Running Hostage to an Eating Disorder


This is another section of Love Fat that I took out of the book as I rewrote it in another chapter. It is following on from the last post that I published and the topic is my obsession with running. As I have explained before, I now have a healthy relationship with exercise, and if I run, it is usually for less than 20 minutes. However, that has taken a lot of work, and for five yearsin active recovery I could not allow myself to run in case doing so sparked a relapse.

When I tell people that I used to have an exercise problem they usually struggle to understand that such a thing can be life threatening. Exercise is good for you right?

In moderation: yes. When you run for a minimum of six hours a day on little to no food and never take a day off: no. My body was wreaked by exercise, it has taken years to recover, and there are still things that hurt ten years on as a result of the strain that it was put in every day when I was suffering from anorexia.

That said, although I thought at one time I had wreaked my body past the point of recovery, it has done really well. The human body is incredible in its ability to withstand stress and recover. A balanced diet, with plenty of good fats has lubricated my joints and strengthened my bones and muscles.

Love Fat Edit Out: New York marathon and the day that I almost stopped running.

I did not want to run but I didn’t want to stop either. Running was part of my identity, I had not had day where I had not run in the last six years, I prided myself on that record. Who else could run day after day without at day off? Stopping running for one day would end that. Just resting for one day would mean that I had broken the pattern that defined me. Anorexia  has a nasty way of making the sufferer think that the self-inflicted torture is a badge of honor.

Well, actually there had been one day where I had not run. That was back in 2002, after the New York Marathon. The travel to New York from Heathrow had been overnight on the outbound journey but though the day inbound. For this reason, on the day that we flew home I had been forced to take a rest day. Literally, forced because I was on an airplane. No running for 11 hours during the day. In fact, not only that, but sitting still. I had been terrified at the prospect, fractious during the flight and miserable when I understood that I had secretly relished the day off.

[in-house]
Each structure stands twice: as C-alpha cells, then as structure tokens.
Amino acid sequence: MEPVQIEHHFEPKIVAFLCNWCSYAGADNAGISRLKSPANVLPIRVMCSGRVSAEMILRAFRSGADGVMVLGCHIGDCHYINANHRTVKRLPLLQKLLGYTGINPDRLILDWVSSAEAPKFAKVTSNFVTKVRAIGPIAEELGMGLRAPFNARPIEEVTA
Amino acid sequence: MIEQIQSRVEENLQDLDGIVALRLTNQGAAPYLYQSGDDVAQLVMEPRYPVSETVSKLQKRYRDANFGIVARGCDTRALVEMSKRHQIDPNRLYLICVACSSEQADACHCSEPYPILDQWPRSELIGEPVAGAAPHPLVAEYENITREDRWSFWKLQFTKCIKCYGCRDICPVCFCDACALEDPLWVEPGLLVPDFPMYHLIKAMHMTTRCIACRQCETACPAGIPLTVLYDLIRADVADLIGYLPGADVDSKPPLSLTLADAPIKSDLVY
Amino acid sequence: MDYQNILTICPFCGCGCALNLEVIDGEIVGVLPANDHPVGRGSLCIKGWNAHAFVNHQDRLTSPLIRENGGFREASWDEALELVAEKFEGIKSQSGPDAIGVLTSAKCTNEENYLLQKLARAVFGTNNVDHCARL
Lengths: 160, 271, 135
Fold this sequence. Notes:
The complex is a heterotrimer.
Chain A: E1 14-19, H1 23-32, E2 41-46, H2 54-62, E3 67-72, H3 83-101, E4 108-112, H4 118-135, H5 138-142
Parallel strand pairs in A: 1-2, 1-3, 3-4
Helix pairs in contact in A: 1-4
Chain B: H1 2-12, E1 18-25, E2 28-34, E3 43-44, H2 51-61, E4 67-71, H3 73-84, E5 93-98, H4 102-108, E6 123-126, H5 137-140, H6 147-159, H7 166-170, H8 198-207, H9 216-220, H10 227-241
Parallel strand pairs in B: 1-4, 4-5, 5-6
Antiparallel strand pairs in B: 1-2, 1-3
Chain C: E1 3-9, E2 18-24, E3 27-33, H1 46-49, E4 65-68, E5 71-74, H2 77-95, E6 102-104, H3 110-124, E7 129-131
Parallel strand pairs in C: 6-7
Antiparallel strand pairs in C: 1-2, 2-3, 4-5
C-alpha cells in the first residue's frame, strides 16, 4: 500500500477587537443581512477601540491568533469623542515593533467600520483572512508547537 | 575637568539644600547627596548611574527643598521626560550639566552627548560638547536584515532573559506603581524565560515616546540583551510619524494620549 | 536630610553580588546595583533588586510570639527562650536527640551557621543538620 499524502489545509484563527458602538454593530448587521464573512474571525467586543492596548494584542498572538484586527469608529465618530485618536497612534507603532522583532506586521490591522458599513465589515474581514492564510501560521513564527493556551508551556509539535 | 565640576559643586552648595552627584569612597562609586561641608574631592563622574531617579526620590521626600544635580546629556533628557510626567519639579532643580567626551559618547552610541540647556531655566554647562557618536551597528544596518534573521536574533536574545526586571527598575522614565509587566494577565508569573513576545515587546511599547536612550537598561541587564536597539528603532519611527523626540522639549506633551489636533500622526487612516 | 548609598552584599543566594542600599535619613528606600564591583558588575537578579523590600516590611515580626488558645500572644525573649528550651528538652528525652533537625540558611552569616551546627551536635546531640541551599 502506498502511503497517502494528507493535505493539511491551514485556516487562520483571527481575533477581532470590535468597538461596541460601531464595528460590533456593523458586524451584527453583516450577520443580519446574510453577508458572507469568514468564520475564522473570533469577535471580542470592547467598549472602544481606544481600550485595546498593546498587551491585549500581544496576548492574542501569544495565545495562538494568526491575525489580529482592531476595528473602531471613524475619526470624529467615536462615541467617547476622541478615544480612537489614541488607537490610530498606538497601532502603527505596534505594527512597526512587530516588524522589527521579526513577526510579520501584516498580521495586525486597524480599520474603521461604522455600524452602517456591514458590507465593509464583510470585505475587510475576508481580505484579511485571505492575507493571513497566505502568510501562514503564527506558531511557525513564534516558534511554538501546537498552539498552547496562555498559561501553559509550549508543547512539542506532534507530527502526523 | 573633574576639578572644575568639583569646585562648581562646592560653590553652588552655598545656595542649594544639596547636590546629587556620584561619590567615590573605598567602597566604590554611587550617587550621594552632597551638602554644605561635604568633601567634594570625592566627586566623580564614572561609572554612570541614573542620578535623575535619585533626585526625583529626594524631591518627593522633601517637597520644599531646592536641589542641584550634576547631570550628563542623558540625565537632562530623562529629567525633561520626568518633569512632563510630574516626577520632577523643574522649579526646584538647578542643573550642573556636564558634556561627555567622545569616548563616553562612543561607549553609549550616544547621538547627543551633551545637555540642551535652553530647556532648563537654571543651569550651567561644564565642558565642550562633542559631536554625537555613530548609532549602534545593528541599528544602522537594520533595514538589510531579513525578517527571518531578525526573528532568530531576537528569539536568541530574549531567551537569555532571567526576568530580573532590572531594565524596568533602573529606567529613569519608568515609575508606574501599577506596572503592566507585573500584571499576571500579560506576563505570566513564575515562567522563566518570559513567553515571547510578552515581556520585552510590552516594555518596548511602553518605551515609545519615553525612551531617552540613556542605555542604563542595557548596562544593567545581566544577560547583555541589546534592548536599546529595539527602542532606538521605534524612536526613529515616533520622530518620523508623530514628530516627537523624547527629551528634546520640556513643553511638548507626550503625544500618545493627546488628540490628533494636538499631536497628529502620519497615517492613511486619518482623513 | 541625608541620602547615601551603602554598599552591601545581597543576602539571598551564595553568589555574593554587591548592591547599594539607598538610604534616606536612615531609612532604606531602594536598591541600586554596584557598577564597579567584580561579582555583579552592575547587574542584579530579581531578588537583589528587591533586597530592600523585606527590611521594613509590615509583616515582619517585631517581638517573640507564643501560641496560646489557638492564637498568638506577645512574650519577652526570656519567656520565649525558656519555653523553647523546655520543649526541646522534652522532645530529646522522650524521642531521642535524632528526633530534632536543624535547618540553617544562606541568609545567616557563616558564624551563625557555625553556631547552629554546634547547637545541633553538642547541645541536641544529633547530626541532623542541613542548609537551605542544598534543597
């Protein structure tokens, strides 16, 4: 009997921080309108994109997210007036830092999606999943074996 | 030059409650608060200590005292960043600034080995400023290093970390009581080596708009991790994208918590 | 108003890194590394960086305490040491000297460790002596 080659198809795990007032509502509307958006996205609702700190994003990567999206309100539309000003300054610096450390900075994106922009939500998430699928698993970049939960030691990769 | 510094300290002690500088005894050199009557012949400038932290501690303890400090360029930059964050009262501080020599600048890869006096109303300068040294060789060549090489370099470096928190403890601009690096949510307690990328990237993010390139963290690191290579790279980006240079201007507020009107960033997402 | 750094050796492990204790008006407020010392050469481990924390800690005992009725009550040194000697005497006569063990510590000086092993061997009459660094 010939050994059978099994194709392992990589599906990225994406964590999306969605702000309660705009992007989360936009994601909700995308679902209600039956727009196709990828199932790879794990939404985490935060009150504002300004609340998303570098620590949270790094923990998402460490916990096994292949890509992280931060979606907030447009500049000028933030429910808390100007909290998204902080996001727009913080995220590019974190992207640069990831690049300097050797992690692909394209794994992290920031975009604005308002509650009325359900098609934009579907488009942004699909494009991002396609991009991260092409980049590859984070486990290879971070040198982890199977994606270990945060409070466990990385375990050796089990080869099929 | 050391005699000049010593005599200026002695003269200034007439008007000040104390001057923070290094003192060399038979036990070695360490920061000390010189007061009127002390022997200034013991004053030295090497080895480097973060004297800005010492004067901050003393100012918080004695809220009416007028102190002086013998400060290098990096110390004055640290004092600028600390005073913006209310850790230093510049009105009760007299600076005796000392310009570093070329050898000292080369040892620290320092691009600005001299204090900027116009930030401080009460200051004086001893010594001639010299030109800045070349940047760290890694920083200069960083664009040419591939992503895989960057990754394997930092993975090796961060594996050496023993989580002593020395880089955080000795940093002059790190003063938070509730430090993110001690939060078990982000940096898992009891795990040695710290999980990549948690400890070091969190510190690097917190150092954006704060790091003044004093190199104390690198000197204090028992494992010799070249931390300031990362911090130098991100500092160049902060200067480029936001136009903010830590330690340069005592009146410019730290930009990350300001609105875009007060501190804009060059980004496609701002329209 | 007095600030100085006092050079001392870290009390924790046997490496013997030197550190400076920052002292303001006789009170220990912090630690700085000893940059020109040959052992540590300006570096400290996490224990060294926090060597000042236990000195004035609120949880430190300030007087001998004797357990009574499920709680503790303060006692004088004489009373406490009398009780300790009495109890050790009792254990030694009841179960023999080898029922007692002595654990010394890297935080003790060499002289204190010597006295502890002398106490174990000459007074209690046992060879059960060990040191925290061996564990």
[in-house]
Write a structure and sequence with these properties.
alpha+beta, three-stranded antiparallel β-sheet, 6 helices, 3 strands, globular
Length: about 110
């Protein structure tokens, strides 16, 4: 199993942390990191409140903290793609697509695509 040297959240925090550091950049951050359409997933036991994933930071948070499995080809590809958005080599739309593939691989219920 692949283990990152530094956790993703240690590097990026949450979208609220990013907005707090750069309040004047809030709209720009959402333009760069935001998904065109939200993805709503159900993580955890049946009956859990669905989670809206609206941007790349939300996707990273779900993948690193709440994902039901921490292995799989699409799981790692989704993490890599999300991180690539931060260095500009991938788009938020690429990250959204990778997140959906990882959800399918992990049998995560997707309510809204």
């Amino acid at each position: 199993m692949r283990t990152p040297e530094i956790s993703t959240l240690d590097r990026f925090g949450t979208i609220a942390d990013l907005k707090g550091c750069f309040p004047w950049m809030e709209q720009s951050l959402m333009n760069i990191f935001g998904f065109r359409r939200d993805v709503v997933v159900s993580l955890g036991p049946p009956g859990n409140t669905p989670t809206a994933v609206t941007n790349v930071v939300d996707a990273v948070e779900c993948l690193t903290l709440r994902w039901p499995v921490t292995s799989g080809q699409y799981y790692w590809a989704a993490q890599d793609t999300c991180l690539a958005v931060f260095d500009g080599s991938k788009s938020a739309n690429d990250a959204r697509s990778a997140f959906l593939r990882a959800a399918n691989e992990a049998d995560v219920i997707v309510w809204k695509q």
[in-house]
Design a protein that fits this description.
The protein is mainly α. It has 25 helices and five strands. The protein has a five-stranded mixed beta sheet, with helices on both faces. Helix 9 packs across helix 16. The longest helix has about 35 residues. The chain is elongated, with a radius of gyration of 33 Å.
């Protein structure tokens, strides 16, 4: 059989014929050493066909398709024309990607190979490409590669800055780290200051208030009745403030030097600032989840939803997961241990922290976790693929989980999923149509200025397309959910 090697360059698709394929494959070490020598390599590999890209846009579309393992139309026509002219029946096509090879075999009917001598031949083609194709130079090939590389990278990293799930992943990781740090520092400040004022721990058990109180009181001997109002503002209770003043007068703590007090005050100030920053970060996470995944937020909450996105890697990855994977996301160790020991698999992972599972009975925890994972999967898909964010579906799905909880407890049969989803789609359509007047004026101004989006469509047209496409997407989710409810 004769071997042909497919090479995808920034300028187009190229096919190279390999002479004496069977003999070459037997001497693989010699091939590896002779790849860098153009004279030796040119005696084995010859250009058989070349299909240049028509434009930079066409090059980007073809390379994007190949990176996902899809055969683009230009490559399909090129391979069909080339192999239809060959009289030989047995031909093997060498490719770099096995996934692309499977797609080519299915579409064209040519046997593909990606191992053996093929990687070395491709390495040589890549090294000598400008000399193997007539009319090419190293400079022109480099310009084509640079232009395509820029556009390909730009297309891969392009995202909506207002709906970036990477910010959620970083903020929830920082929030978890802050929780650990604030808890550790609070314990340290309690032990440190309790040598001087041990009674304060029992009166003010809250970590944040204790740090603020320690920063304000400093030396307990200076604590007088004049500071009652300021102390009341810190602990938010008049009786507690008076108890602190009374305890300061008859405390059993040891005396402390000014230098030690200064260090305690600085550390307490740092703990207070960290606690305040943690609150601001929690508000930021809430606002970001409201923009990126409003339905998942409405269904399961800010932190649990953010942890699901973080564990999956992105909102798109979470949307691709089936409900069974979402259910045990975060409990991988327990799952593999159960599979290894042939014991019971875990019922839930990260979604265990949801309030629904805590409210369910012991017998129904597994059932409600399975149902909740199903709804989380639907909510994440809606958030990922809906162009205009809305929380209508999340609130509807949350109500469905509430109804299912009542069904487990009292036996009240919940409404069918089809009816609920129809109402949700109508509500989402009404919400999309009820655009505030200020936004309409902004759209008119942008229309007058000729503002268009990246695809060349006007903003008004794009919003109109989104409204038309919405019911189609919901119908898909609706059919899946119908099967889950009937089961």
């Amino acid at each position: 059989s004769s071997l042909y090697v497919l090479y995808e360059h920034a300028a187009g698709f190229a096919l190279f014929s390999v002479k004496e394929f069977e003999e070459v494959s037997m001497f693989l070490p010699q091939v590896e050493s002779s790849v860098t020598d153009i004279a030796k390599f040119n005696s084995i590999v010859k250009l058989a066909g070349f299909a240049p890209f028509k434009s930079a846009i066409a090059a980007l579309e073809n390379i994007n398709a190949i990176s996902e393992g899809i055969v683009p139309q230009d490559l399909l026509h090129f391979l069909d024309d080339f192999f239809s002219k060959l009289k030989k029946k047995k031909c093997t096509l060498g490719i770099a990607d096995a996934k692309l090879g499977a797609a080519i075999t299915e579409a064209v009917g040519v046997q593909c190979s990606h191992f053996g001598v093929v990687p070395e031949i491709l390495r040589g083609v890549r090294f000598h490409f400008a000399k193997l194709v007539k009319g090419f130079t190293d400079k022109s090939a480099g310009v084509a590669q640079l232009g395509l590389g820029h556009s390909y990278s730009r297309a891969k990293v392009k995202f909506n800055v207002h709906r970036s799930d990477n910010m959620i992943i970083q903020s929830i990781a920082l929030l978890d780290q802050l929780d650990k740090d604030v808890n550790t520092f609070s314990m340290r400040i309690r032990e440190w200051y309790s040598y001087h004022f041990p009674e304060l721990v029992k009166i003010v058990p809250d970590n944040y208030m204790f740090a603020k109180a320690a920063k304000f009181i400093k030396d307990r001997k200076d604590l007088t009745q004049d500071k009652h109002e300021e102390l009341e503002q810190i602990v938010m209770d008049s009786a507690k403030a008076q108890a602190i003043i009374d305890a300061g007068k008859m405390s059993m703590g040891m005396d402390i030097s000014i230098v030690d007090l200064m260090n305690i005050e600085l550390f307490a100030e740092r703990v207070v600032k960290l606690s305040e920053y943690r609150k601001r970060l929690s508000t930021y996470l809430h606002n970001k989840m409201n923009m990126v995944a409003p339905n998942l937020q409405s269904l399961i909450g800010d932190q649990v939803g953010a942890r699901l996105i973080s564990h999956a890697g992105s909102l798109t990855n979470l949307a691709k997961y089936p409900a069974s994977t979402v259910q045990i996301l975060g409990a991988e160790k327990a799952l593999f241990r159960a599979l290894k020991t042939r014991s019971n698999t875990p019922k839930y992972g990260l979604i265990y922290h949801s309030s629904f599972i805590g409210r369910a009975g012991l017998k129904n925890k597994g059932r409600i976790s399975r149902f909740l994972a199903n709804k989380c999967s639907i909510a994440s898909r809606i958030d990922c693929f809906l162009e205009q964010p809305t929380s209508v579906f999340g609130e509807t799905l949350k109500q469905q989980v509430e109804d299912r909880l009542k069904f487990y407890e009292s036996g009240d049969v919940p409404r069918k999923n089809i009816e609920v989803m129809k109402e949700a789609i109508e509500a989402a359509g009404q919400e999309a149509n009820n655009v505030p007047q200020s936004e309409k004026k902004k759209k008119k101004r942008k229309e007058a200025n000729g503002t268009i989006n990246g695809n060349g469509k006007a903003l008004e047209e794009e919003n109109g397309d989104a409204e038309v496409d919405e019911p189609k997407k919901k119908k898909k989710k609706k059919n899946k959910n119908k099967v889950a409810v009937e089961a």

The flight home had been scheduled two days after the marathon day. The day after running 26.4 miles around New York I had got out of bed and run again for a couple of hours. I had then toiled the streets of The Big Apple on foot using sightseeing as an excuse to walk all day before taking another run again that evening. On the morning of my flight home, I got up in the early hours and ran for an hour in the freezing cold before rushing back to my hotel room for a shower. Then we were on a bus going back to the airport. new-york-city-marathon-verrazano-narrows-bridge

So, I did run in the morning, but somehow my brain told me that didn’t count. Firstly, I had only run for an hour—way shorter than usual. Secondly, I was on the plane for 11 hours and then home to bed, so that was in total something like an 18 hour break. Oh whatever! Honestly, when I think about it now I don’t give a shit, but in my eating disorder-riddled brain I felt like a failure.

The day after the flight, I almost didn’t do for a run. It was as if that 18 hour break had nudged open a door—I had gone 18 hours without running, could I go more? I remember sitting in this fug of confusion and self doubt. One part of my brain was begging me to throw the running shoes in the trash. You just ran a marathon, people rest after doing that you know! It’s okay to take a couple of days off, your body needs that!

Then, there was anorexia: Put on your trainers and run. You have to. Unless you do, you will lose all your strength. You haven’t come this far just to throw it all away have you?

The trouble is, anorexia is far more convincing than rational thought. So of course I pulled on my trainers and ran. I did my usual route, and then made myself run a couple of miles further to punish myself for even considering taking a day off. Every time I wanted to stop I picked up my stride and my legs bore the brunt of my frustration.

But, as my feet trod the pavement there was a whisper of disappointment in my stride and sadness in my breath. 

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About Tabitha Farrar

I work as Head of Marketing for a software startup in Boulder. As a recovered Anorexia sufferer, I advocate for proper understanding of eating disorders in my spare time. On that note, I wrote a book about my own journey into eating again called Love Fat.

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